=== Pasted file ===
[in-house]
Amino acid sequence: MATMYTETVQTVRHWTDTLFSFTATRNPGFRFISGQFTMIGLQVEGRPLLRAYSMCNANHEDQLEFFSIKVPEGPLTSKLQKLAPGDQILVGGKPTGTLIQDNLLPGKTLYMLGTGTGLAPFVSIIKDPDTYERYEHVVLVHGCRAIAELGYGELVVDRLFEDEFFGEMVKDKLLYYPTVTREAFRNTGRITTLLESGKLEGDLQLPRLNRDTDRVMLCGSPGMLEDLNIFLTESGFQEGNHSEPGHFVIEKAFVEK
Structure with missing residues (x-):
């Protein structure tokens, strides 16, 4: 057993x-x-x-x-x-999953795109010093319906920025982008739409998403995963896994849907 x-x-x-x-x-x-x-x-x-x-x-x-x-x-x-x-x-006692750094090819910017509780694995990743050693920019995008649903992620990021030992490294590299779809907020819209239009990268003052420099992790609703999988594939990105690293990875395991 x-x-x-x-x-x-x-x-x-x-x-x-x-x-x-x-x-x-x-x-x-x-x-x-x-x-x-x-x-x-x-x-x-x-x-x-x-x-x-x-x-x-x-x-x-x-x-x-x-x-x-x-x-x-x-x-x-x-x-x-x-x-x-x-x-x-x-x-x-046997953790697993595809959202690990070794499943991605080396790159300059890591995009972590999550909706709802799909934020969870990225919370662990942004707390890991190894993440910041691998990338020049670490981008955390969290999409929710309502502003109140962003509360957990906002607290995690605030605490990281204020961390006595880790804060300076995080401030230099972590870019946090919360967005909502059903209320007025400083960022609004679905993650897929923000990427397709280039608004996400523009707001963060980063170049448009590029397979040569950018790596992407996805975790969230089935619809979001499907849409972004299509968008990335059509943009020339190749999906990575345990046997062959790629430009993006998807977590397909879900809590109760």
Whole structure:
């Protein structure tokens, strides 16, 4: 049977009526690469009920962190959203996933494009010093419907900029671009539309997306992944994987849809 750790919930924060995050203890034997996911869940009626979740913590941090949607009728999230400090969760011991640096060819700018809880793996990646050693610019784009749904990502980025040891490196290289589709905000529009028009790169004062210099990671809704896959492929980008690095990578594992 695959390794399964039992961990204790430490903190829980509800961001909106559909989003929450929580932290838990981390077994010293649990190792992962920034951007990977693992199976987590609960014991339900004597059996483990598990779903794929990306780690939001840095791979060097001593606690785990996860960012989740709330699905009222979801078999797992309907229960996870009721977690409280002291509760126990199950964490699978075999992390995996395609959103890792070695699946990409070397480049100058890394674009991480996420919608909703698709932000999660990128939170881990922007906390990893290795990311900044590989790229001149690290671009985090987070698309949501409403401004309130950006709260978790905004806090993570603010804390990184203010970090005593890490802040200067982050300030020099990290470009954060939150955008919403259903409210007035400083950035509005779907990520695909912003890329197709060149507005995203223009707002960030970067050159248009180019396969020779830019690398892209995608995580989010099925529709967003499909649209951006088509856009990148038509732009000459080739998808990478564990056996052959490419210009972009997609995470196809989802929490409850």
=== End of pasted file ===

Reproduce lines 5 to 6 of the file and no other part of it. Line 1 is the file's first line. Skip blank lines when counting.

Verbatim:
Whole structure:
């Protein structure tokens, strides 16, 4: 049977009526690469009920962190959203996933494009010093419907900029671009539309997306992944994987849809 750790919930924060995050203890034997996911869940009626979740913590941090949607009728999230400090969760011991640096060819700018809880793996990646050693610019784009749904990502980025040891490196290289589709905000529009028009790169004062210099990671809704896959492929980008690095990578594992 695959390794399964039992961990204790430490903190829980509800961001909106559909989003929450929580932290838990981390077994010293649990190792992962920034951007990977693992199976987590609960014991339900004597059996483990598990779903794929990306780690939001840095791979060097001593606690785990996860960012989740709330699905009222979801078999797992309907229960996870009721977690409280002291509760126990199950964490699978075999992390995996395609959103890792070695699946990409070397480049100058890394674009991480996420919608909703698709932000999660990128939170881990922007906390990893290795990311900044590989790229001149690290671009985090987070698309949501409403401004309130950006709260978790905004806090993570603010804390990184203010970090005593890490802040200067982050300030020099990290470009954060939150955008919403259903409210007035400083950035509005779907990520695909912003890329197709060149507005995203223009707002960030970067050159248009180019396969020779830019690398892209995608995580989010099925529709967003499909649209951006088509856009990148038509732009000459080739998808990478564990056996052959490419210009972009997609995470196809989802929490409850």